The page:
Tuesday, December 11, 2018

Highly Recommended! Awâsis and the World Famous Bannock, by Dallas Hunt and Amanda Strong

I settled in to do some reading last night. I reached for Dallas Hunt's Awâsis and the World Famous Bannock. Amanda Strong's illustrations drew me in as I turned the pages, following Awâsis as she sets out to take her her grandma's world-famous bannock to a relative. 

Image result for awasis and the world famous bannock

Illustrated by Amanda Strong (you absolutely must watch her stop animation videos!) and published in 2018 by Highwater Press, I'm pleased as can be to recommend it. Here's the description:
During an unfortunate mishap, young Awâsis loses Kôhkum’s freshly baked world-famous bannock. Not knowing what to do, Awâsis seeks out a variety of other-than-human relatives willing to help. What adventures are in store for Awâsis?
Like I said, I was reading along, enjoying the story. Awâsis talks to several animals on her way. Instead of the English words for them, Hunt gives us the Cree ones. When I got to her conversation with Ayîkis (frog) I smiled to see her words in bold and capital letters because Ayîkis is far away and Awâsis has to shout.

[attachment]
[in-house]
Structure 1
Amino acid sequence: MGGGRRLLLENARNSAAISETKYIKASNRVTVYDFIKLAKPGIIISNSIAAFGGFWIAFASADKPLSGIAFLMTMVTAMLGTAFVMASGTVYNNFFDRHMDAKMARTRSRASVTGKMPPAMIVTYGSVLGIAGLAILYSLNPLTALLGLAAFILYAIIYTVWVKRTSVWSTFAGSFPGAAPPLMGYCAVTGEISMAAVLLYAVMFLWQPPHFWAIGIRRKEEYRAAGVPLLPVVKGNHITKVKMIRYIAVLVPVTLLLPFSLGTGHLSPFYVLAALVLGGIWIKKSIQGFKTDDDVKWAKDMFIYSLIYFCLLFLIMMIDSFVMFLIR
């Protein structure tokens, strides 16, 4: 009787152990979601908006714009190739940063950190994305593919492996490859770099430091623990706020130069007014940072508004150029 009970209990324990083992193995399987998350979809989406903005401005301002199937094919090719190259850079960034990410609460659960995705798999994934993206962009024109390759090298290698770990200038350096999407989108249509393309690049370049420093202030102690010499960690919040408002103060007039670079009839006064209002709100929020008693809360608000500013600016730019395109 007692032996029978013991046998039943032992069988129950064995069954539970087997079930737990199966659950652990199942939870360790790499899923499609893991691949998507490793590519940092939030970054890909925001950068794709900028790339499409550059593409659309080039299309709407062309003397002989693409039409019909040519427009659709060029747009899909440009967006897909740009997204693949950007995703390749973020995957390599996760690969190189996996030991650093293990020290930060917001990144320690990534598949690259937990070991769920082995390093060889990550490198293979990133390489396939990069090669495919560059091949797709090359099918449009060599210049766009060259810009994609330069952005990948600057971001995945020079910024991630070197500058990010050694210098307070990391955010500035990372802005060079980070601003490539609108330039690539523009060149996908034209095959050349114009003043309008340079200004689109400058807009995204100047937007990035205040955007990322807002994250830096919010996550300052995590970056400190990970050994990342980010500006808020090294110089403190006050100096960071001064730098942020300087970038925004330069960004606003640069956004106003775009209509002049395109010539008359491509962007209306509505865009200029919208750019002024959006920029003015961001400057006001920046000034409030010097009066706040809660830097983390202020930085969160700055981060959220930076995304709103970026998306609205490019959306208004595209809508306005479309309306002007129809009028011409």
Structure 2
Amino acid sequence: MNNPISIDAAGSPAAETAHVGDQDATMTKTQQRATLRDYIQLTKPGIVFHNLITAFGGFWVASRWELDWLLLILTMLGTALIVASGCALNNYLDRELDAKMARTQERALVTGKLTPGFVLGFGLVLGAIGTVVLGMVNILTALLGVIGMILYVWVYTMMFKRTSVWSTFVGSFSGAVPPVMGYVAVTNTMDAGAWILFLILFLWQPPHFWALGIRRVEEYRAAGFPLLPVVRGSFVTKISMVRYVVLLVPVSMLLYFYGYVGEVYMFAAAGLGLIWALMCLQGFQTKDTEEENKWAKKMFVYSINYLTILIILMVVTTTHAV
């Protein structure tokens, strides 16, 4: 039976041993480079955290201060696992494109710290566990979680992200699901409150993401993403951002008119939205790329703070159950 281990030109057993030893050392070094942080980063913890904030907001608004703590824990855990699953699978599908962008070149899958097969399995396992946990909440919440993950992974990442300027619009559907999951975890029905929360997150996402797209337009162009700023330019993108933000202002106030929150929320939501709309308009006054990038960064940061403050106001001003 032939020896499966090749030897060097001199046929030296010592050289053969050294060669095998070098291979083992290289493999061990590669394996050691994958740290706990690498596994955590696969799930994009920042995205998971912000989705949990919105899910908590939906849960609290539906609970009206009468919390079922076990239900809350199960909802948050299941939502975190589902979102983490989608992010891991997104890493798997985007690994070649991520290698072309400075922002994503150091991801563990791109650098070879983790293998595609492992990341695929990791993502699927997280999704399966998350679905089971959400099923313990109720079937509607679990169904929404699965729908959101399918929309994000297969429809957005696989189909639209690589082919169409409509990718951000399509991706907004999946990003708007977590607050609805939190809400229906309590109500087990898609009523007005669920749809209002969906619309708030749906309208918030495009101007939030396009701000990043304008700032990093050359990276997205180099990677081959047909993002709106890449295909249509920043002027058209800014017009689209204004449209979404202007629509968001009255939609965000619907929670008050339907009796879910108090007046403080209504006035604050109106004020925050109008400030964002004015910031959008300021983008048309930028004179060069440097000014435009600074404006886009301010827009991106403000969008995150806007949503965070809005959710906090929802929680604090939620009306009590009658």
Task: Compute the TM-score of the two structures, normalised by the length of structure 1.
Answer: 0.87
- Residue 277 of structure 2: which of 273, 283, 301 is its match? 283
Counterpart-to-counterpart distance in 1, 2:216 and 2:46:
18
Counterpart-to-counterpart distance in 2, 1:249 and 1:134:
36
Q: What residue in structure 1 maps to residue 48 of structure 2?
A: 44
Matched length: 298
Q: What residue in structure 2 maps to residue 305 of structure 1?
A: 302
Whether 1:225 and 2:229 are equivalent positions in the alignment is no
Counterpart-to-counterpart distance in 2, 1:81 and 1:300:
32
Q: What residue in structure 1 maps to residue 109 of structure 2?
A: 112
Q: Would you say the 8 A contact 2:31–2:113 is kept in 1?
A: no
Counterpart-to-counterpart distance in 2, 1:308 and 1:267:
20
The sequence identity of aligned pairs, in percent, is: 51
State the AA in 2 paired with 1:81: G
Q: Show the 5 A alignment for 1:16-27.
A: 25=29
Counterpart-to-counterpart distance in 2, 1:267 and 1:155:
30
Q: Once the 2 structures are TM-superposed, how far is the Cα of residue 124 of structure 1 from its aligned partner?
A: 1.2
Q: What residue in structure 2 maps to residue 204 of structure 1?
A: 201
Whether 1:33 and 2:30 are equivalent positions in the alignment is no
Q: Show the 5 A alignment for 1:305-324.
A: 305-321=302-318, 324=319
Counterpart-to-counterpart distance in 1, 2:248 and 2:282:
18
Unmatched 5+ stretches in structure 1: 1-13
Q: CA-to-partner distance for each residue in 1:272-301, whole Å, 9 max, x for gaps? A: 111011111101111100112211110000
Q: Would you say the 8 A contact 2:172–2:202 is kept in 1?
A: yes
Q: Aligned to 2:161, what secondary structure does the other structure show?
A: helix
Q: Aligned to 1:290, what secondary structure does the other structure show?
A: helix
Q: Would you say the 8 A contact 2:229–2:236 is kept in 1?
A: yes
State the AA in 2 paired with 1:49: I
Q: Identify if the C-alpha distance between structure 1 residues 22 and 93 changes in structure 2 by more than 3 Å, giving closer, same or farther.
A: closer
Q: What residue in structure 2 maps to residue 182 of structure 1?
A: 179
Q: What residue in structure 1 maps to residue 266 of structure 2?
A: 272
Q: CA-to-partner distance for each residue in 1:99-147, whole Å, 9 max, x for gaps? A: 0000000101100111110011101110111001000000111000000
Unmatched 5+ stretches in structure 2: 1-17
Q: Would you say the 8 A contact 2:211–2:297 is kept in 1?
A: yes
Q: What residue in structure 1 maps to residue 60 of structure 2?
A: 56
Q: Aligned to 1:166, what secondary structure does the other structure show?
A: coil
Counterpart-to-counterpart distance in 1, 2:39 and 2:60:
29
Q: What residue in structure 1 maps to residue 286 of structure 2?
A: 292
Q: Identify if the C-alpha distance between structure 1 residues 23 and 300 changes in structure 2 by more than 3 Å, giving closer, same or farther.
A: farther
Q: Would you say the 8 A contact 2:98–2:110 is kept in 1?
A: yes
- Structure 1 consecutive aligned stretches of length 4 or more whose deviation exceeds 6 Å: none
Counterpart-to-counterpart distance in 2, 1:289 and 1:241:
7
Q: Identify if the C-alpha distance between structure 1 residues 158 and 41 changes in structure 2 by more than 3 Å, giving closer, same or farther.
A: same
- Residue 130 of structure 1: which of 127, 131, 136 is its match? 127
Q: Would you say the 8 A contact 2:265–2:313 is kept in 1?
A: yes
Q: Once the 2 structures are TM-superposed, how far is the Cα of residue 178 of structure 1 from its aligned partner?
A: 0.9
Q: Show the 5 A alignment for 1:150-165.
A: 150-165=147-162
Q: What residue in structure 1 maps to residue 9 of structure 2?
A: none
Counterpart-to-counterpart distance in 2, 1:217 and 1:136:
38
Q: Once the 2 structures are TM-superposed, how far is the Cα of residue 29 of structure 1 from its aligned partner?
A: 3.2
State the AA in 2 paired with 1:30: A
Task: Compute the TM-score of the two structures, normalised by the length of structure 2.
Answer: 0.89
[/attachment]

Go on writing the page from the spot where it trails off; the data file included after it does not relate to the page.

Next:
Then, I got to the page where she comes to Ôhô (Owl), who is drifting off to sleep. Awâsis speaks softly. The font is smaller. I like that, too. Ôhô wakes up and looks at Awâsis... and then I read this sentence and sat right up!
They swiveled their head back and forth and hooted.
They?! THEY?! (Yeah, I am using bold and capital letters to convey my delight...) Here's that page:

Right away I started writing to friends in children's literature to ask if they've seen a gender neutral pronoun before in a children's picture book. The answer so far? No. This might be the first time a writer has put a gender neutral pronoun in a children's picture book. 

The one exception I've come across so far is a nonfiction picture book, They, He, She, Me: Free to Be! by Maya Christina Gonzales and Matthew Smith Gonzales, published in 2017. Are there others? If you know of one, let me know.

For now, I'm going to shout about this book to friends and colleagues in children's literature. Published in 2018 by Highwater Press, Awâsis and the World Famous Bannock by Dallas Hunt and Amanda Strong is highly recommended! 

And make sure you check out the recipe and pronunciation guide at the end of the book... and the video, too!